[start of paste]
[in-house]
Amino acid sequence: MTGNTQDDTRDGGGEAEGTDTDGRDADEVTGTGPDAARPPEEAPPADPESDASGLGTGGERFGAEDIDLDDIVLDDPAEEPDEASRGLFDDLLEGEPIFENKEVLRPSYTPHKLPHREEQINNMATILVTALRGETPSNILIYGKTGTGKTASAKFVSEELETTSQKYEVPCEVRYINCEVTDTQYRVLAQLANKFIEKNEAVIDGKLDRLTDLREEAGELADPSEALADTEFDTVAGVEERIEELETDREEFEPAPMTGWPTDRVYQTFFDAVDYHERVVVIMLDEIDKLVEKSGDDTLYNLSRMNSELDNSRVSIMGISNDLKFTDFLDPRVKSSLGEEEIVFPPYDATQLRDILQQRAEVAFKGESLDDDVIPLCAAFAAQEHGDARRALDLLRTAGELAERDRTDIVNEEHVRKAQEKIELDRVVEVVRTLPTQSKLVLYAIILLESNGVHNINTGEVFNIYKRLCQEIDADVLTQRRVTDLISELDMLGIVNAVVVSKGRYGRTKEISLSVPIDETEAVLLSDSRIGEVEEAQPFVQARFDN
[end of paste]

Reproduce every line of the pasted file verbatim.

[in-house]
Amino acid sequence: MTGNTQDDTRDGGGEAEGTDTDGRDADEVTGTGPDAARPPEEAPPADPESDASGLGTGGERFGAEDIDLDDIVLDDPAEEPDEASRGLFDDLLEGEPIFENKEVLRPSYTPHKLPHREEQINNMATILVTALRGETPSNILIYGKTGTGKTASAKFVSEELETTSQKYEVPCEVRYINCEVTDTQYRVLAQLANKFIEKNEAVIDGKLDRLTDLREEAGELADPSEALADTEFDTVAGVEERIEELETDREEFEPAPMTGWPTDRVYQTFFDAVDYHERVVVIMLDEIDKLVEKSGDDTLYNLSRMNSELDNSRVSIMGISNDLKFTDFLDPRVKSSLGEEEIVFPPYDATQLRDILQQRAEVAFKGESLDDDVIPLCAAFAAQEHGDARRALDLLRTAGELAERDRTDIVNEEHVRKAQEKIELDRVVEVVRTLPTQSKLVLYAIILLESNGVHNINTGEVFNIYKRLCQEIDADVLTQRRVTDLISELDMLGIVNAVVVSKGRYGRTKEISLSVPIDETEAVLLSDSRIGEVEEAQPFVQARFDN